It is a glorious time right now to enjoy F&SF short fiction. It is also a slightly overwhelming time, with so much out there to choose from. So it’s nice when short lists come along and help you make sure you haven’t missed stories you would enjoy, like this one from Nicola Griffith.
She came toward me, stepping around the spilt beer and dropped fries, lifting her feet high, placing them carefully, as though she wore tall heels.
I watched, unable—unwilling—to move.
And then she stood before me. I could smell her—woodland, fern, musk—and I wanted to reach, fold her down, stretch her out on the bracken, and feel the pulse flutter at her neck.
“You were watching me,” she said, and her voice sounded hoarse, as though used to a bigger throat.
“I’m . . . an anthropologist. It’s what we do.” I’ve been looking for you for a long time. I didn’t think you existed.
“What’s your name?”
I thought about that. “Onca.”
She nodded; it meant nothing to her. Her eyes were so dark. She turned up her collar. “I’ll see you, Onca. Soon, I hope.” A cold stream purled through her voice and snow blew across her eyes. Come outside, under the sky with me, they said.
I nodded. We both knew I would: she called, others followed. It’s who she was.
And then she was gone. I didn’t look out of the window. If the stories were true in this way too, I wouldn’t be able to see her, not yet.
I found her victim in the bathroom, the blind spot with no cameras. She wasn’t dead. She sat propped on the seat in a stall, jeans around her knees, head against the wall. She grinned at me foolishly. “Can’t move,” she said.
I locked the stall behind me. “Does it hurt?”
It would. I smelled blood, just a little. I bent, looked at her shirt darkening between her breasts. “Can you draw a deep breath?”
She tried. In reality it was more of a sigh. But she didn’t flinch or cough. No broken ribs.
I squatted in front of her, elbows on knees, hands dangling comfortably. She just kept smiling, head at that odd angle against the wall. In that position she couldn’t see me. I stood, straightened her head, then, because it was distracting, I leaned her on my shoulder, lifted, and pulled up her jeans. She could fasten them herself later, or not.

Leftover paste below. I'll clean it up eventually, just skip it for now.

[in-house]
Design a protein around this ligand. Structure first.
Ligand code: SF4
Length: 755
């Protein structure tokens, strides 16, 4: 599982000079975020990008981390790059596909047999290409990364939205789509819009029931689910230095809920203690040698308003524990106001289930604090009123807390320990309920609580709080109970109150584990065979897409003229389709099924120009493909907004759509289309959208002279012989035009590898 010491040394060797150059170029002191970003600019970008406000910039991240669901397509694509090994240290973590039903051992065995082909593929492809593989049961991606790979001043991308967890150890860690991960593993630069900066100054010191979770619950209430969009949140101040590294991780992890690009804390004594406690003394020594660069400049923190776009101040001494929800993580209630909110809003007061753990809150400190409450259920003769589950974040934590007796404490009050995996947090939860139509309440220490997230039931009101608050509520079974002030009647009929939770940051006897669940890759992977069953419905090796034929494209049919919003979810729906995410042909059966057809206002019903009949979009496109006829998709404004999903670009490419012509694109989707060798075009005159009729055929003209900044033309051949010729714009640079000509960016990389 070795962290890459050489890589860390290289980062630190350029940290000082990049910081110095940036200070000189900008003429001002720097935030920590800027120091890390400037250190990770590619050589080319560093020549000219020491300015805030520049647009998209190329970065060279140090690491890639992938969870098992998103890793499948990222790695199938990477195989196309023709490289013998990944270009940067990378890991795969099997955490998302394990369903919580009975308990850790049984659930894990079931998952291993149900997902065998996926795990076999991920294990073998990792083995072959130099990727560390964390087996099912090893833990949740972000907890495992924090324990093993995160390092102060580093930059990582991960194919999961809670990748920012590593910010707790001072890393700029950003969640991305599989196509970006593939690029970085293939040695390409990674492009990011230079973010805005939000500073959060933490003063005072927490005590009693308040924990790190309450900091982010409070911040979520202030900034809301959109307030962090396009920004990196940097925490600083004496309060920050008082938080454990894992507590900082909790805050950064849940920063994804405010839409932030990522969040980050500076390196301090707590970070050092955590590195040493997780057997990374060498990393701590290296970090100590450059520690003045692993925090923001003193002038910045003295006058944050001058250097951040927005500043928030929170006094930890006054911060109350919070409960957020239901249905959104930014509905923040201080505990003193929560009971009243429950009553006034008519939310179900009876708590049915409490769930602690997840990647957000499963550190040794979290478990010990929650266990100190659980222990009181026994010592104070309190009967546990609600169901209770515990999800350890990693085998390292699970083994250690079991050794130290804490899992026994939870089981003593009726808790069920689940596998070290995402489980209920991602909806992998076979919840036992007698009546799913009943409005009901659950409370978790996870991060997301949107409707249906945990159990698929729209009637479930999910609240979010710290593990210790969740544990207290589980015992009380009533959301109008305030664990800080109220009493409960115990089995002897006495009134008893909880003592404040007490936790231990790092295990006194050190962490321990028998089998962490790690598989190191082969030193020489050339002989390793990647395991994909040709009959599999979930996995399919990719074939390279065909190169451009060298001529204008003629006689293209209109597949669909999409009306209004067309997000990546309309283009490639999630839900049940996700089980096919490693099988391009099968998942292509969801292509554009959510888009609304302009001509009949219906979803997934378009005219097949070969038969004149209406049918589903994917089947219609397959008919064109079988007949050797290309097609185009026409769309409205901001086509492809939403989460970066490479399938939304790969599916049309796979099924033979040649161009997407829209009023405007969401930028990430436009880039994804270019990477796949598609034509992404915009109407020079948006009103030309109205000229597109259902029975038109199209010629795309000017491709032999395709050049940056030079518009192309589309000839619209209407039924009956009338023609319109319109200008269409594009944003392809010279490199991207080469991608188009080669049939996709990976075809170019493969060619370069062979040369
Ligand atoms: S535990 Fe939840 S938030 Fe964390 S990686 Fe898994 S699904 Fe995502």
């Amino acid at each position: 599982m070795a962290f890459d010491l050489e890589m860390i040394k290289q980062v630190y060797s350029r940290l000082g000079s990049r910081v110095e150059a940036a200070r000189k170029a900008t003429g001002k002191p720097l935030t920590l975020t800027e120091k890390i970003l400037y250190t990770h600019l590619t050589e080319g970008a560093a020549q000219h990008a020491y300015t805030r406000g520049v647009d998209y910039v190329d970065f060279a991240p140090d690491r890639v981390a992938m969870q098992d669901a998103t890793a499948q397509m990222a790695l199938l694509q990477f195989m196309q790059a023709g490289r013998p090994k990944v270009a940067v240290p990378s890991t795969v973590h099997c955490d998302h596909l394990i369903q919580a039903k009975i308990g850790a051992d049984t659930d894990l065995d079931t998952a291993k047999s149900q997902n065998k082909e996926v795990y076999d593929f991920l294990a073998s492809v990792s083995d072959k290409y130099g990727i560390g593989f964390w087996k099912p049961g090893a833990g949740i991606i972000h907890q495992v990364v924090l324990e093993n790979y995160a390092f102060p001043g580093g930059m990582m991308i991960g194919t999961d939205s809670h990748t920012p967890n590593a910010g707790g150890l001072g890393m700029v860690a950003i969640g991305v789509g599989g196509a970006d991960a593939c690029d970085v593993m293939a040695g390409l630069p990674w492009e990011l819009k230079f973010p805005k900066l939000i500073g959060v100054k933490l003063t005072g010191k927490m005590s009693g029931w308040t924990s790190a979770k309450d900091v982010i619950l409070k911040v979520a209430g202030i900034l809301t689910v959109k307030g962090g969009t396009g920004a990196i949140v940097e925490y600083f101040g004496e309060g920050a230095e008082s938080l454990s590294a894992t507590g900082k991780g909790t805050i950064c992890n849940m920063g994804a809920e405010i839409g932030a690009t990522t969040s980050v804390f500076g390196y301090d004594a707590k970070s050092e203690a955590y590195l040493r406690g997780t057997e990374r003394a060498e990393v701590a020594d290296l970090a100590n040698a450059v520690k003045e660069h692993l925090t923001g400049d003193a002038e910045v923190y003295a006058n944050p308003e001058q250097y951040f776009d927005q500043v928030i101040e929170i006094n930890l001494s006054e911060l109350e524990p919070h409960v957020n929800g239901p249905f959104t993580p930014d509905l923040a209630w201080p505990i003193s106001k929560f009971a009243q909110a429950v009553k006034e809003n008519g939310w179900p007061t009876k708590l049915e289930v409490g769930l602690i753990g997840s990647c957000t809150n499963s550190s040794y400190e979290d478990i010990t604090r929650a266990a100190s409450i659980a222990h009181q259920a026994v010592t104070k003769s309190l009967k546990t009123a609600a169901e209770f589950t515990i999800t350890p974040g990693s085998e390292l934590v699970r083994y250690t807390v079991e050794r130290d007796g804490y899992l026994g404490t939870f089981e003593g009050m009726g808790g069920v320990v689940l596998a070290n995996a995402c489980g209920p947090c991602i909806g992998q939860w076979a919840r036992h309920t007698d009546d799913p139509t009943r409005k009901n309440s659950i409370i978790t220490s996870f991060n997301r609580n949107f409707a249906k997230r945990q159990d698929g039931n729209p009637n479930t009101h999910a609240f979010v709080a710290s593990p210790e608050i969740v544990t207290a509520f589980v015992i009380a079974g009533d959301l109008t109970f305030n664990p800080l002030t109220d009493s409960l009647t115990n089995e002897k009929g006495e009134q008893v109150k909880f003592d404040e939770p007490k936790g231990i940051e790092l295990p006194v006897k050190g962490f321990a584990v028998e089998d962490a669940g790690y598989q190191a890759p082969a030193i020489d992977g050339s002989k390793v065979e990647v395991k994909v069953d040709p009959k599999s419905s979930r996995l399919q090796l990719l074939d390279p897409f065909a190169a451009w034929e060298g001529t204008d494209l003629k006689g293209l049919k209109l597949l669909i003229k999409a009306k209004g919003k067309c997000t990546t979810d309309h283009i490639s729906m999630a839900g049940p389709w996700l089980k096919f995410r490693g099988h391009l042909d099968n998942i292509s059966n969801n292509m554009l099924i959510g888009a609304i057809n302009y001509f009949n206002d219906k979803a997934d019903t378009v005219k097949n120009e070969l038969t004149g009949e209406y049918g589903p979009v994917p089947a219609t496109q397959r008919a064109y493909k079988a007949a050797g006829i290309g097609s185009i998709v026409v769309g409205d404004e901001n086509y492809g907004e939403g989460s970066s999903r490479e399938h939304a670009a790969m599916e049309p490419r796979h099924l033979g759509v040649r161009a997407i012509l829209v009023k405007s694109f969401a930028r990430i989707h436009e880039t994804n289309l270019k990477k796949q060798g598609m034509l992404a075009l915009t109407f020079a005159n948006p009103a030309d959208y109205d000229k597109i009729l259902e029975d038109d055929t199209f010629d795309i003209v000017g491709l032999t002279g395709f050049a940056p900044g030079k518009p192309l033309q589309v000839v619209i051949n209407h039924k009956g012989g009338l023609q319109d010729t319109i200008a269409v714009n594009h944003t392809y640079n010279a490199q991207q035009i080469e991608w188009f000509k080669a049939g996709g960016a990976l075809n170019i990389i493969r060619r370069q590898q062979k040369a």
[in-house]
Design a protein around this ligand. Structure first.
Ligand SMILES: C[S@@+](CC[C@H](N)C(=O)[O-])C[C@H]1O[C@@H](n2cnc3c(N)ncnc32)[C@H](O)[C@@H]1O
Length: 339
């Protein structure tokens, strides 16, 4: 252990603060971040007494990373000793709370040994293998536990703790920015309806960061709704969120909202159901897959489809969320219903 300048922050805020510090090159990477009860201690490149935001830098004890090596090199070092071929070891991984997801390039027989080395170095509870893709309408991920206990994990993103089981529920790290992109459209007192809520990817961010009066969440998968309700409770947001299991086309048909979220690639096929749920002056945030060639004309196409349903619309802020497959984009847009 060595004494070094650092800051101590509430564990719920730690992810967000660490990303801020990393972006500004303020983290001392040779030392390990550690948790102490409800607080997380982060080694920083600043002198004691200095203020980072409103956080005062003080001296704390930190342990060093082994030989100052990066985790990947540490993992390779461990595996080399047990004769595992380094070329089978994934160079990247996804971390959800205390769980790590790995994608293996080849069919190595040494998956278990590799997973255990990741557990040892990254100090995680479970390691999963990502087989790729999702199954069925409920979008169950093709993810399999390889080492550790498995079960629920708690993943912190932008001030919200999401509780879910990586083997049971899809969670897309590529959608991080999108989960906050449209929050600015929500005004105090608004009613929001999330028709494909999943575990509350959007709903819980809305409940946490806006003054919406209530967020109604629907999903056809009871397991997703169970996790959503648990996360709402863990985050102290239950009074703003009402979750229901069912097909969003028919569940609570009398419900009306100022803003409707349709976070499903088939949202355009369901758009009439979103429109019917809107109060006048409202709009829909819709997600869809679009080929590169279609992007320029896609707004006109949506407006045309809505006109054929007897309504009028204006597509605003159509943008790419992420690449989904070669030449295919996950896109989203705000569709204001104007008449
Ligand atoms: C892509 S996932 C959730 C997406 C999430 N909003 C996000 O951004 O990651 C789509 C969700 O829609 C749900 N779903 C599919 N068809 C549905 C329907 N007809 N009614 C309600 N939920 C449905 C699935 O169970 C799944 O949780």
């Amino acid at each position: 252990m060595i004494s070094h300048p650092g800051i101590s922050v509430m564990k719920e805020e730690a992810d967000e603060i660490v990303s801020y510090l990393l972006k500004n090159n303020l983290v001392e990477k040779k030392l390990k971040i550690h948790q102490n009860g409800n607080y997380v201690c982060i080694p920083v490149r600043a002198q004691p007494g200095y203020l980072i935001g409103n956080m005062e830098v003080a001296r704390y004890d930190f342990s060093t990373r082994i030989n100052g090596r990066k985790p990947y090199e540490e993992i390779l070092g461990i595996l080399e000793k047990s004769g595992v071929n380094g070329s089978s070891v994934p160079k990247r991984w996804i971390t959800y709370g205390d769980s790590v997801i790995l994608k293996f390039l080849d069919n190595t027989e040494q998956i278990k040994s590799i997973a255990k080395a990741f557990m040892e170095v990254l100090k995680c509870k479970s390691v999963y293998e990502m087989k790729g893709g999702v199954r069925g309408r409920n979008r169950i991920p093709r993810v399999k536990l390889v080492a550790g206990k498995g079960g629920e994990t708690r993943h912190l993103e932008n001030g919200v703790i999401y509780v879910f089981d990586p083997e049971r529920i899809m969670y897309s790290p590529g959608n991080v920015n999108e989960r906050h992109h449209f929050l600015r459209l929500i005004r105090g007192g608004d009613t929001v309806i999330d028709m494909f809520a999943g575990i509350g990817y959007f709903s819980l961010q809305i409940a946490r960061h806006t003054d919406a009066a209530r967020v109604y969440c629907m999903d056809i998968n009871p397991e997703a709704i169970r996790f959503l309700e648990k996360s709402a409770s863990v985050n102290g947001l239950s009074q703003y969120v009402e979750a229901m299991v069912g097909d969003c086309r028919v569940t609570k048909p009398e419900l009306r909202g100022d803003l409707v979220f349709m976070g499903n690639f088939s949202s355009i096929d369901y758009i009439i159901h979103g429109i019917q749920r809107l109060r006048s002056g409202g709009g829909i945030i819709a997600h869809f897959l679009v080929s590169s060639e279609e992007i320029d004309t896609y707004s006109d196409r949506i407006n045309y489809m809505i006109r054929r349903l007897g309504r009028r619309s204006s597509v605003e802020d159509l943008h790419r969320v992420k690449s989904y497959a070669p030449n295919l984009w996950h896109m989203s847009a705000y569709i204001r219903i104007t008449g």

I squatted again, regarded her. She was still smiling, but it was a faint echo of what it had been. No longer solid. After this not much would be. “There’s a legend,” I said. “More than a dozen legends, from all over the world.” La Llorona. Or Flura. Xana, Iara, Naag Kanya . . . “She lures people with sex. Some say she takes your heart.” Sometimes literally. “But she always takes something.” I considered her. “She’s taken your spirit.”
“My . . .”
I waited, but she didn’t say any more. “Your soul.” As good a word as any. “You’re tired, I should think.”
Her smile faded, like a guttering flame. She might survive. She would never feel alive again.
I wasn’t sure she could hear me anymore. I leaned forward, unbuttoned her shirt. The bruise was swelling too quickly to be sure, but the shape cut into the broken skin—lovely skin, over firm muscle—could have been from a blow by a hoof.
“What’s your name?”
“Maria José Flores.”
“Maria, you make me hungry.” And she would have, with her spirit intact. “But not like this.” I fastened her back up and stood. Time to go.